Saturday, August 29, 2009

Assessment of Technology's Promise - The Moon and Beyond

This blog entry analyzes a forecast made in Technology’s Promise regarding space travel, specifically travel to the moon and Mars [1]. In Technology’s Promise, it is predicted that a new space vehicle will be readied to land humans on the moon to build an inhabitable base by 2014. This prediction, published in 2008, was based on the apparent strength at the time of a United States president-endorsed program to reach Mars by 2020.

The forecast must not have taken into account the budgetary constraints of NASA at the time and made a presumption that the enormously costly program would be assured of financial support. The current estimation is that the program would be $US 50 billion short of developing the rockets to lift the payload, that is not including the funding of the moon base, the payload the rocket is supposed to carry [2], [3]. The current funding level at NASA would not support a moon base until well beyond 2028.

The forecast must also not have taken into account the technologies necessary to lift such a heavy payload to the moon for a moon base nor the prerequisite science that must be undertaken to establish a moon base. Rockets powerful enough to lift the payload, the Ares 1, are still in development and behind schedule, although scheduled for test flight in August, 2009 [3]. It is generally accepted, as the prediction points out, that there is water trapped as ice at the poles of the moon. The ice has not been sampled or tested however; before humans may consider habitation near this water source for its use, it will have to first be determined through robotic excursions if the water is potable.

Beyond the wide miss of the nearer term forecast, it is suggested a moon base is necessary to accommodate the future flow of those leaving earth for points beyond the moon. Considering it takes one year to make a round trip to Mars at current velocity capabilities, it seems very unlikely there will be a large number of ‘pioneers’ striking out into the abyss of space beyond the mooon. We already know from our excursions that Mars is not hospitable and contains no raw materials of need for human life; it is certainly not a paradise in space to be longed for. Only the ruining of the planet or the discovery of a paradise within the solar system could induce a flow of pioneers to the moon.

In this author’s opinion, there is no reason to consider space travel any further when we have famine, overpopulation, pollution, economic turmoil, and disease as issues facing humanity.

[1] Halal, William. (2008). Technology’s promise. Expert knowledge on the transformation of business and society. Palgrave Macmillan. New York.

[2] Achenbach, Joel. (2009). NASA’s moon plan too ambitious, Obama panel says. Retrieved from Posted August 15, 2009.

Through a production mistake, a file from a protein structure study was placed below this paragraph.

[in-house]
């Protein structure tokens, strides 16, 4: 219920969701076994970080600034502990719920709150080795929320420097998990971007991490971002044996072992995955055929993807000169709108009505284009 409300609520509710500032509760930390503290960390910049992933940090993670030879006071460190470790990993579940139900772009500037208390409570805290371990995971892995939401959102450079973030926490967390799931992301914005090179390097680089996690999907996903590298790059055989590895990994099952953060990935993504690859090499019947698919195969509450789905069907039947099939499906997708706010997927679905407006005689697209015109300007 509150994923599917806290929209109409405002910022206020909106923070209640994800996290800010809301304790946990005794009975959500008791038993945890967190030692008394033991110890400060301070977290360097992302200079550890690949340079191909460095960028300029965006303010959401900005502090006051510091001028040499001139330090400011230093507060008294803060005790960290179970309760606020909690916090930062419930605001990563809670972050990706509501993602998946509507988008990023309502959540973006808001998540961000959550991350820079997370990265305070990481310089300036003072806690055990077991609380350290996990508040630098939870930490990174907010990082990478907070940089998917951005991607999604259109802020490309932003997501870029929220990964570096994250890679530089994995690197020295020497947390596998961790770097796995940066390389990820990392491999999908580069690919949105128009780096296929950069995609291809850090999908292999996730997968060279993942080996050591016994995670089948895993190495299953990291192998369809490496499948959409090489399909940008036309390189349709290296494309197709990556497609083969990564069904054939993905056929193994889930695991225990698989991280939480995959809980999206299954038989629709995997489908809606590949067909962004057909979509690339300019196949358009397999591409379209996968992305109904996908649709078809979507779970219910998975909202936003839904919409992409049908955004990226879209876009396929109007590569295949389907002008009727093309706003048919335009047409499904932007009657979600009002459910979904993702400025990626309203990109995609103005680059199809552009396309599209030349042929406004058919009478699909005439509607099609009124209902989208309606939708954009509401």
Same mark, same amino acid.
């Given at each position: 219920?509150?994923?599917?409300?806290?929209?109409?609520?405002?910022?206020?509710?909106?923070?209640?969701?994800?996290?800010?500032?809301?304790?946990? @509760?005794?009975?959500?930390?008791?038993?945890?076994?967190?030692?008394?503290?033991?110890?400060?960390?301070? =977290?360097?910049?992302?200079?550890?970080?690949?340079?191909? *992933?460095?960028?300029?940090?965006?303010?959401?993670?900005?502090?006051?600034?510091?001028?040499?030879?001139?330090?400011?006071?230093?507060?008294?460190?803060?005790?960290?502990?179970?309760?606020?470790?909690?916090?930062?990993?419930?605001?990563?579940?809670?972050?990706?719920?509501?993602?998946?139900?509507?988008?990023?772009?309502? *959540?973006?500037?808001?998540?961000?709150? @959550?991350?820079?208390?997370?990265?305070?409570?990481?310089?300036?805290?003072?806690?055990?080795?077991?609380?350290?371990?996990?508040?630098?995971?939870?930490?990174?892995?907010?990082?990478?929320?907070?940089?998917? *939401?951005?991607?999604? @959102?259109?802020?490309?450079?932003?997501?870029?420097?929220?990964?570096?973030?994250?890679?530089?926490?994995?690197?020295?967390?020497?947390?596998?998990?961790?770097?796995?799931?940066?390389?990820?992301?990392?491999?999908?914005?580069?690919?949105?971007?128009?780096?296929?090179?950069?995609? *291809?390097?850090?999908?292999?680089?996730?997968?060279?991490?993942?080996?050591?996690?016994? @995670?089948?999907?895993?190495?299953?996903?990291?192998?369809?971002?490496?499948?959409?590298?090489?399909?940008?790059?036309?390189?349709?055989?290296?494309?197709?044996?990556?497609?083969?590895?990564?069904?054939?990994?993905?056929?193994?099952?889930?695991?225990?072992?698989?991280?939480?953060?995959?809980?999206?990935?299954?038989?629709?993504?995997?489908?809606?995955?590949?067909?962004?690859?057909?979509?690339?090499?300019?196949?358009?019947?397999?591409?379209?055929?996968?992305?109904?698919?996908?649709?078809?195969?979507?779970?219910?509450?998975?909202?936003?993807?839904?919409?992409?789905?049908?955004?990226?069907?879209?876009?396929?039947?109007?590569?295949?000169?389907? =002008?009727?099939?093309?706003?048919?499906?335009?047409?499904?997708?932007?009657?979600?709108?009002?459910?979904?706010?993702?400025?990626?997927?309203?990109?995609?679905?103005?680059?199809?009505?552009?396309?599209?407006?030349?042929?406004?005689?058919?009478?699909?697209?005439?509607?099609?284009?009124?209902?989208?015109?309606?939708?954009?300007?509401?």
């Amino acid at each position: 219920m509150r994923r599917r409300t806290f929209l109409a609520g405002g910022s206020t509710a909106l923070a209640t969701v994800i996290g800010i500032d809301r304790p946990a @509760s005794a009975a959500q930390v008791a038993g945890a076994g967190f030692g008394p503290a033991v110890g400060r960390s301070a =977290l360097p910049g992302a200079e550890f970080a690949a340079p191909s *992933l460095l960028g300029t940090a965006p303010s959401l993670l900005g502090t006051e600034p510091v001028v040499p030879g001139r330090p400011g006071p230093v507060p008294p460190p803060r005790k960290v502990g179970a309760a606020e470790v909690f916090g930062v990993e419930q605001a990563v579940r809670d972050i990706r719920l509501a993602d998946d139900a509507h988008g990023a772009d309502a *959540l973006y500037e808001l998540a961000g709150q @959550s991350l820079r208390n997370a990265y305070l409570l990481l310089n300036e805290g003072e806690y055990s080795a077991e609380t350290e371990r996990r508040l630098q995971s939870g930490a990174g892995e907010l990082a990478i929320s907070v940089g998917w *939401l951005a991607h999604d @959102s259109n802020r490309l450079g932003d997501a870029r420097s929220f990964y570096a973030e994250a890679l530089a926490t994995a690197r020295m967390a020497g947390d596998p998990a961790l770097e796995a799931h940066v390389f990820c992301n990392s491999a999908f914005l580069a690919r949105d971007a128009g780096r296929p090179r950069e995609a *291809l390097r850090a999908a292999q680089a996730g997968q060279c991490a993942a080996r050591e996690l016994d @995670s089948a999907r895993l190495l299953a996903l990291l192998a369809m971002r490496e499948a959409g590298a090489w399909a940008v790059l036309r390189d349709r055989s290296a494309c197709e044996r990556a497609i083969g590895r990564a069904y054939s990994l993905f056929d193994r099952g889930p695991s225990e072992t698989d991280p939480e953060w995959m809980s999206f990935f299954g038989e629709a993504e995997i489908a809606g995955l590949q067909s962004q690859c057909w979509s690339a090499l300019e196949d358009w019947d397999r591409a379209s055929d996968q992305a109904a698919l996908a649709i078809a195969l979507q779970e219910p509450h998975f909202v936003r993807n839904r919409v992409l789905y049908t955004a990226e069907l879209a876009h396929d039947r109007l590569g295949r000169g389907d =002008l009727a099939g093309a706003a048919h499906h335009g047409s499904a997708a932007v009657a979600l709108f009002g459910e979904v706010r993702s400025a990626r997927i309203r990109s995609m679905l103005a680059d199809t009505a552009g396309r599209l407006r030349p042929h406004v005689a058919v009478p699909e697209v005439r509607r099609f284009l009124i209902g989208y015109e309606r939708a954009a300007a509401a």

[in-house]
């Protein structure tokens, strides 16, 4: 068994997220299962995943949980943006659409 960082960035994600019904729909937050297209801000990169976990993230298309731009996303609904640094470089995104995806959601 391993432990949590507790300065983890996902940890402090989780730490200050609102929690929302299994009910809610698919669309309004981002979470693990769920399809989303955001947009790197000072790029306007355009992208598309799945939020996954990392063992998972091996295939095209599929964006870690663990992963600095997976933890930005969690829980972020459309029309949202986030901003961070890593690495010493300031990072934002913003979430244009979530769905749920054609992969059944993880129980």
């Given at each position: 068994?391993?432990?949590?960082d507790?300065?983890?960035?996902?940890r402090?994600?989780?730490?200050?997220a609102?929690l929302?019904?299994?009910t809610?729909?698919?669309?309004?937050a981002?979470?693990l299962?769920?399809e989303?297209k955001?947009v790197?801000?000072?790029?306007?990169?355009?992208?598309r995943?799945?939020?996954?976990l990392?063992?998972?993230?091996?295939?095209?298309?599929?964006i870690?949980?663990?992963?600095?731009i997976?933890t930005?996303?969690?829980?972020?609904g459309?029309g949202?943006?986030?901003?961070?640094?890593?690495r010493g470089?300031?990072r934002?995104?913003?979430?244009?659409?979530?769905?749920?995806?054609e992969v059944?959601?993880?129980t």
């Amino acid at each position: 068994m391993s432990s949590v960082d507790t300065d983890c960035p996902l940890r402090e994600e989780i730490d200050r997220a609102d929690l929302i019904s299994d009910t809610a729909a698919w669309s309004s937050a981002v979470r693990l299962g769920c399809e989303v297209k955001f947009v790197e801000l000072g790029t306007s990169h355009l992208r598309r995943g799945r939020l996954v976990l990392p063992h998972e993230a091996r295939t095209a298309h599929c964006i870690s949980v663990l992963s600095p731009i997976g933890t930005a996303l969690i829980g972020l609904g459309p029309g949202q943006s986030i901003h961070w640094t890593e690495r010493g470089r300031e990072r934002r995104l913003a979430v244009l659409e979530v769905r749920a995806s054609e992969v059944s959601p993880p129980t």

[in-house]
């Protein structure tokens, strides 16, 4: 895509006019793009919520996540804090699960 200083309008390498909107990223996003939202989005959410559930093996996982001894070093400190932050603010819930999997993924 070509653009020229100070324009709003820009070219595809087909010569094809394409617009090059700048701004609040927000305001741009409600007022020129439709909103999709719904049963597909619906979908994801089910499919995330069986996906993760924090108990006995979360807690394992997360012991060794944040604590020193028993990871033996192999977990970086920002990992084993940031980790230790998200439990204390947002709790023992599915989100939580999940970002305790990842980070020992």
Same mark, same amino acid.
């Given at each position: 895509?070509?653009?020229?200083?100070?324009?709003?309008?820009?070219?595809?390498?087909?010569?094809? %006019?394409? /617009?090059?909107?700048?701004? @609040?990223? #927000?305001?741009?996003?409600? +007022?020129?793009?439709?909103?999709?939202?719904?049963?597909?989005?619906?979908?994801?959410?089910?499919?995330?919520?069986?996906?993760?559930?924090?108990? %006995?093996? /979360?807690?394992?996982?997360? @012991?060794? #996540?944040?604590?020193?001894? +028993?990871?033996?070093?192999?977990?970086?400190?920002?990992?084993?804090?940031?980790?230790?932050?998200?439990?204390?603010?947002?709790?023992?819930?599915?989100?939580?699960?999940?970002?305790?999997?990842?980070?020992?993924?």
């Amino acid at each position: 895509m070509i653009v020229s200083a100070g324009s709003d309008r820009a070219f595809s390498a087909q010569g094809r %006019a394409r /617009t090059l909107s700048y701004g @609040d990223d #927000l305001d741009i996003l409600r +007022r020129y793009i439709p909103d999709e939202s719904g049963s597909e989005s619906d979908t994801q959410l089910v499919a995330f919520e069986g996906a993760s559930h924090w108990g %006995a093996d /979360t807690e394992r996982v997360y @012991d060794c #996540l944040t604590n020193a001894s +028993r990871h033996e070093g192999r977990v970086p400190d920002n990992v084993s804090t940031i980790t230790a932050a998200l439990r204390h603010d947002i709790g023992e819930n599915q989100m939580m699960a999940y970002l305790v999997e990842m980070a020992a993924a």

[3] Kluger, Jeffrey. (2008). Does Obama want to ground NASA's next moon mission. Time. Retrieved from,8599,1866045,00.html. Posted December 11, 2008.


  1. Halal's entire set of predictions regarding space travel is absurd. The idea that a few billionaires spending $20 million apiece to go into space will translate into the average person taking extraterrestrial vacations is ludicrous. Halal appears to believe that private efforts such as Spaceship 1 have demonstrated the ability to inexpensively launch significant payloads into orbit. This is absolutely not so. Such efforts are suborbital and only qualify as reaching outer space by loose interpretation of the term. Space launch remains extremely difficult and expensive with no realistic change in the near future.

    The point about fiscal constraints is excellent. NASA is even pursuing the possibility of outsourcing support for the International Space Station in order to relieve their budget woes. Add to this the evidence that the U.S. technical and industrial bases are atrophying and it seems unlikely that there will be a successful U.S. moon landing let alone a moon base or manned Mars mission.

  2. It would take a significant series of events to motivate a shift in our perception of need and financial commitment to space travel, privately or government funded.

    In addition to the problems associated with space travel, building a self-sustaining Moon base by 2014 seems unlikely.

    As a counterpoint, The Houston Chronicle's SciGuy blog offers this discussion on The Commercial Perspective on Human Spaceflight.

  3. I feel that your perspective is deep and everything is pretty good given the perceptions and opinions logic together. friv 4